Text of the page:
Gabby Douglas, the American gold medal-winning gymnast, seemed confused when a reporter at the Olympics started asking her questions about the internet just after her final routine at Rio. The reporter wanted Douglas to talk about a wave of petty criticism, much of it online, targeting Douglas’ hair, facial expressions and hand gestures during the Games. She started to tear up as she gave her response.
“I tried to stay off the internet,” she said. “It was hurtful. It was hurtful. It was. It’s been kind of a lot to deal with,” she said.
Douglas is just one of many high-profile individuals who have avoided or quit social media - particularly Twitter - recently, often because of waves of abuse, prompted by the “wrong” hair, by appearing in the Ghostbusters reboot or by supporting the wrong romantic pairing of two characters in a fictional television show.
Here’s a round-up of some of these cases just from the past month:
The Ghostbusters actress temporarily left Twitter days after the release of her movie, following a particularly intense wave of racist abuse.
As Jones tweeted image after image of the hateful things people were sending her way, Twitter came under increasing pressure, as it has in the past, to do something about it. Although Twitter’s rules ban “harassment” and “hateful conduct,” the social media company has long been criticized for its slow, inconsistent enforcement of its own policies.
Eventually Twitter did respond, deleting several of the worst tweets Jones received and permanently banning some accounts. Among those banned was Milo Yiannopoulos, a Breitbart writer who often used his once-popular Twitter account to mock his ideological enemies.
As the harassment against Jones intensified, Yiannopoulos wrote several tweets making fun of Jones’ response to the abuse, calling her “barely literate” and sharing doctored images with his 300,000 followers that made it appear (falsely) as if Jones were making profane and offensive postings. Yiannopoulos later disputed his suspension, calling it “cowardly”.
Twitter took the unusual step of releasing a statement that addressed the abuse Jones faced, promising changes to Twitter’s hateful conduct policy and its abuse reporting system “in the coming weeks.” Those changes have not yet been announced, but Twitter said last week that it “will have updates to share soon.”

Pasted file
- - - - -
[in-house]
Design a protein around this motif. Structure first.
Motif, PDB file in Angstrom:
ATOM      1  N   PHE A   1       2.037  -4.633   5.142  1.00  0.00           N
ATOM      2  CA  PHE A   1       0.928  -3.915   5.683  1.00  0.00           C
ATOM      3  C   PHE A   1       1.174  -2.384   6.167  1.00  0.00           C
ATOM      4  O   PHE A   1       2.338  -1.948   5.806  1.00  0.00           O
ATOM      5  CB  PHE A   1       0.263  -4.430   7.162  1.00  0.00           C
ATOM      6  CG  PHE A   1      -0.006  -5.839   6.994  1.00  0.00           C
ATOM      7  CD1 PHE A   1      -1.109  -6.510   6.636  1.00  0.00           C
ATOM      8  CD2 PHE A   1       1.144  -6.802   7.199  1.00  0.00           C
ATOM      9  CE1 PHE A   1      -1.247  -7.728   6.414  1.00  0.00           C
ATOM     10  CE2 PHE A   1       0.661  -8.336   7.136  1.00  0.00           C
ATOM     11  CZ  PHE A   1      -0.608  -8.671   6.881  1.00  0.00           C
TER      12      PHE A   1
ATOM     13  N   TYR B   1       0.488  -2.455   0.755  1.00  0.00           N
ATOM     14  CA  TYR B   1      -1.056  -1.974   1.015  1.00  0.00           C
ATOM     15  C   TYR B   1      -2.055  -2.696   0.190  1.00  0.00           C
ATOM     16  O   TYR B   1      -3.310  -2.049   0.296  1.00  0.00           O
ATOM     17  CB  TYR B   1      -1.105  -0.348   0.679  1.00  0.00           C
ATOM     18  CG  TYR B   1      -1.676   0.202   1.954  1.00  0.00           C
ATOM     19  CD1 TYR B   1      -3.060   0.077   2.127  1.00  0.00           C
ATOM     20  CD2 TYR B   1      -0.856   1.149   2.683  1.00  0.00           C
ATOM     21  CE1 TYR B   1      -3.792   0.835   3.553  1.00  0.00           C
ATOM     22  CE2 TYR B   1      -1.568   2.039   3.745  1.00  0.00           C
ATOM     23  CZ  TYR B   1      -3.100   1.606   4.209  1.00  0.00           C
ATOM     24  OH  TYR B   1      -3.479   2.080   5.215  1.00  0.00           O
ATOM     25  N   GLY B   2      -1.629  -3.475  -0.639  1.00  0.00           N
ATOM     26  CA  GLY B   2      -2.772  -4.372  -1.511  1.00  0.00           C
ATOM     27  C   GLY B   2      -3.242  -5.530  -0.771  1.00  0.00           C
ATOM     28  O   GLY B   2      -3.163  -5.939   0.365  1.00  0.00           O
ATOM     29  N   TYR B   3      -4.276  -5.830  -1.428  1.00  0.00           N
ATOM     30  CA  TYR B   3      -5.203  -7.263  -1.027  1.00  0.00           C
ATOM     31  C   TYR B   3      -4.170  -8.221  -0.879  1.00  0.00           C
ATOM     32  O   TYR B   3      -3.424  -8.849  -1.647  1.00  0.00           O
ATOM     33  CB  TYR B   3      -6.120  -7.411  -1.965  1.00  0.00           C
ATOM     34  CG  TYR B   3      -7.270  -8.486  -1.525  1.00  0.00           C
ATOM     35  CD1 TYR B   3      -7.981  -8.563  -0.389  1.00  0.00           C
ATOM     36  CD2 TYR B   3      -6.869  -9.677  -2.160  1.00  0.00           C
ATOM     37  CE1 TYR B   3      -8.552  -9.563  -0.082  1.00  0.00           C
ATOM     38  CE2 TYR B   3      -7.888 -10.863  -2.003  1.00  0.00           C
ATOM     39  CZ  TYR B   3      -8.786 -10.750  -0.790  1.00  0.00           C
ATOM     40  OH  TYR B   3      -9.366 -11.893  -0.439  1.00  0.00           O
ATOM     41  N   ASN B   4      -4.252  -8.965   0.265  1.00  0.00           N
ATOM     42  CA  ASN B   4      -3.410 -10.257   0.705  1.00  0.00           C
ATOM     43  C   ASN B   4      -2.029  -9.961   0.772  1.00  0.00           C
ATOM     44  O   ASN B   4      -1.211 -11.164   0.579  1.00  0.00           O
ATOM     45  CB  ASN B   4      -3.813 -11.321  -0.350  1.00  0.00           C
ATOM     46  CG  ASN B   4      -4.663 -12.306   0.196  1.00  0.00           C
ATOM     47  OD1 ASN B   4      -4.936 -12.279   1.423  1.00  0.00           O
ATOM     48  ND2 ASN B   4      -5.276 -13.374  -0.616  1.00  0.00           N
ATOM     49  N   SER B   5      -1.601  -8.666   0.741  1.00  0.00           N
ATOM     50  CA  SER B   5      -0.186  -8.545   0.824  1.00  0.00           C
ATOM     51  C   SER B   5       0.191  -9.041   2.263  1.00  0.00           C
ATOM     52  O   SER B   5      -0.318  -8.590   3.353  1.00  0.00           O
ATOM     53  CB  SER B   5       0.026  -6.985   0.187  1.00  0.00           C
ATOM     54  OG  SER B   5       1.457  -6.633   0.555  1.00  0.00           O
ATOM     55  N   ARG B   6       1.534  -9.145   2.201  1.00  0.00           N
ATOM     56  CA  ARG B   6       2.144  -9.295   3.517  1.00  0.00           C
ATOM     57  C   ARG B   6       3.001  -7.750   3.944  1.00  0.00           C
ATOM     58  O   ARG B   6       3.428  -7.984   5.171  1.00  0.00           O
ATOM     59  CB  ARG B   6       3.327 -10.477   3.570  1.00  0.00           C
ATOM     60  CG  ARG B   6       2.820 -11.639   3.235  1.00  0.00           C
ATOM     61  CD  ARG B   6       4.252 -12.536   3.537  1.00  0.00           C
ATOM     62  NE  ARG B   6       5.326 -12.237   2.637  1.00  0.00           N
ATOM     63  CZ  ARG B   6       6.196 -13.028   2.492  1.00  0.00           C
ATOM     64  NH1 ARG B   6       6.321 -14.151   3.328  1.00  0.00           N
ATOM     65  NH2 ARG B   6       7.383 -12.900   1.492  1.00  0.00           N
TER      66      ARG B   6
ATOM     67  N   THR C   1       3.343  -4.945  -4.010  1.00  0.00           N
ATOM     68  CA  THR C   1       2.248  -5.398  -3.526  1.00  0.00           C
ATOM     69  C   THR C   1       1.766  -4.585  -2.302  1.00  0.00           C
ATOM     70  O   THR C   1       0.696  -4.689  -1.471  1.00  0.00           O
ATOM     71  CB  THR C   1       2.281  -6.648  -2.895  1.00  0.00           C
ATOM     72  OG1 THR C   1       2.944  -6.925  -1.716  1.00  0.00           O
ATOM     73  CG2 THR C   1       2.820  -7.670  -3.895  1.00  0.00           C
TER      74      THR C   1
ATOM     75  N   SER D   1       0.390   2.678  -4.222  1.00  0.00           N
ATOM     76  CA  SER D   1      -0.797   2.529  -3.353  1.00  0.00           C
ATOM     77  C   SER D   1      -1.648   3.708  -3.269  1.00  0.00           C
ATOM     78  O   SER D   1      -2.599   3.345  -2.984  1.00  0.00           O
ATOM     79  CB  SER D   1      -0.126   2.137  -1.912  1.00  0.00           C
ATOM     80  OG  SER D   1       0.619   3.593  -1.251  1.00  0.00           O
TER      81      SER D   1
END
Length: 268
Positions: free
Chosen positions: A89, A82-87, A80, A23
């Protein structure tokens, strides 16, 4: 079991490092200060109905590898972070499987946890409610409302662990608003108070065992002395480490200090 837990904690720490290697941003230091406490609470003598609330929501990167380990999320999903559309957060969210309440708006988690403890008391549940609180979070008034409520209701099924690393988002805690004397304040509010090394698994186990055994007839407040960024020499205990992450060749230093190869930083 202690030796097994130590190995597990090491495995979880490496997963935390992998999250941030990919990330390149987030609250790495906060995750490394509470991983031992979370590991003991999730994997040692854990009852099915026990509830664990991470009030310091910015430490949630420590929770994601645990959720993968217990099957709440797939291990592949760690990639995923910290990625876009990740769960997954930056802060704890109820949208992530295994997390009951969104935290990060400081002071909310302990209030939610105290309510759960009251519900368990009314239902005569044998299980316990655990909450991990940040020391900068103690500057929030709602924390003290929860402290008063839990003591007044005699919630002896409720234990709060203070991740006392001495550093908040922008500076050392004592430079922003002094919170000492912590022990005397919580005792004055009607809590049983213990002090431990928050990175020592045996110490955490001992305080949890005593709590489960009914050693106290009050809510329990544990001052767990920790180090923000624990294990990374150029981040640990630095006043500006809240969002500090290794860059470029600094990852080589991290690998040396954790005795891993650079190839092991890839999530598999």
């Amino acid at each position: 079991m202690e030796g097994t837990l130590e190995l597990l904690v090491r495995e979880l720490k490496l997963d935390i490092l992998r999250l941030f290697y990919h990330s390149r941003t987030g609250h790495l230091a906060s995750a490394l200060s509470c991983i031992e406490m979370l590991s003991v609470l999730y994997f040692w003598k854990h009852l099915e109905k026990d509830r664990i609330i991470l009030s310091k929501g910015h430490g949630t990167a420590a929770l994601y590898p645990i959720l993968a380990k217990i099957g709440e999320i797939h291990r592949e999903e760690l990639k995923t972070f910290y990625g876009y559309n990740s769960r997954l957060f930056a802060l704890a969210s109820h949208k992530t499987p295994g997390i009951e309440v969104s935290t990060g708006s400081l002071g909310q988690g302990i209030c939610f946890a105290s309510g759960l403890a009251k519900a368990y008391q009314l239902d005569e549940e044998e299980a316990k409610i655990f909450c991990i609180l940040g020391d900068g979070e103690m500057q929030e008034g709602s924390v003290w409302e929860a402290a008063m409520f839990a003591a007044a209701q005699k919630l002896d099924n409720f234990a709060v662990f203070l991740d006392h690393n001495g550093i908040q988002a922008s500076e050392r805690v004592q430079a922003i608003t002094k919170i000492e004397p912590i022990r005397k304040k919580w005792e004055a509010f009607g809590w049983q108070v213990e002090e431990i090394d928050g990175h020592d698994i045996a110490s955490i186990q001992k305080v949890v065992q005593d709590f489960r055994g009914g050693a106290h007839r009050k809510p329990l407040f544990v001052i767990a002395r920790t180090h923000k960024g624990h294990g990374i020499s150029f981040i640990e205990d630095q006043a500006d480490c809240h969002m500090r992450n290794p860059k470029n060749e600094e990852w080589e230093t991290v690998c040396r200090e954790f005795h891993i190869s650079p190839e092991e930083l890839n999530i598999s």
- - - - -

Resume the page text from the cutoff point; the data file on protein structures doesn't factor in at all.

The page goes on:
Meanwhile, Jones has returned to Twitter. And her tweets about the Olympics were so successful that TV network NBC (a company for which Jones also works) ended up flying her to Rio so that she could livetweet the Games in person.
The Fifth Harmony singer (second from right, below) announced that she was “taking a break” from Twitter early this month for depressing and familiar reasons: “Over the course of this last week and especially over the last 48 hours, I’ve not just been cyber bullied, I’ve been racially cyber bullied with tweets and pictures so horrific and racially charged that I can’t subject myself any longer to the hate.”
“I’m not the first black female celebrity to deal with this and I’m sure I won’t be the last,” she wrote, before thanking Twitter for “immediately jumping into action”.
Kordei’s Instagram and Twitter accounts are still active, but the singer hasn’t posted to them since announcing her social media break.
Lauren Zuke, a storyboard artist on Steven Universe, quit Twitter on August 12 after a subset of the children’s show’s online fandom attacked her over an apparent disagreement about a ship - or romantic pairing of two characters from the show. Zuke deleted her Twitter account over the weekend, right after writing “I don’t want to be accessible to thousands of people who think because I work on a TV show that I owe them myself all the time,” i09 reported.
Among the many things some webizens decided were wrong about Douglas: that she stood at attention instead of with her hand over her heart during the national anthem; that she didn’t look cheerful enough for them as two of her teammates competed in the individual all-around - an event for which she would have easily qualified had the Olympics’ two-per-country rule not mandated she sit it out; that her hair was not pleasant enough to look at for spectators. Douglas had a relatively disappointing trip to the 2016 Olympics as a gymnast, but it was the endless, petty criticism that drove her to tears during the news conference.
Meanwhile, many of Douglas’ supporters have rallied behind her to show love for the gymnast online, led somewhat fittingly by none other than Leslie Jones.
Justin Bieber deleted his Instagram account, which had nearly 80 million followers, after a public social media fight with his ex Selena Gomez and a bunch of his own fans. The fight was apparently about Sofia Richie, whom Bieber is rumored to be dating.
On Sunday night, Bieber told his fans he was going to “make my Instagram private if you guys don’t stop the hate this is getting out of hand”, addressing several nasty comments left on photos the singer posted of Richie and Bieber, entertainment site E! reported. And then Gomez left a comment of her own: “If you can’t handle the hate then stop posting pictures of your girlfriend lol - it should be special between you two only.”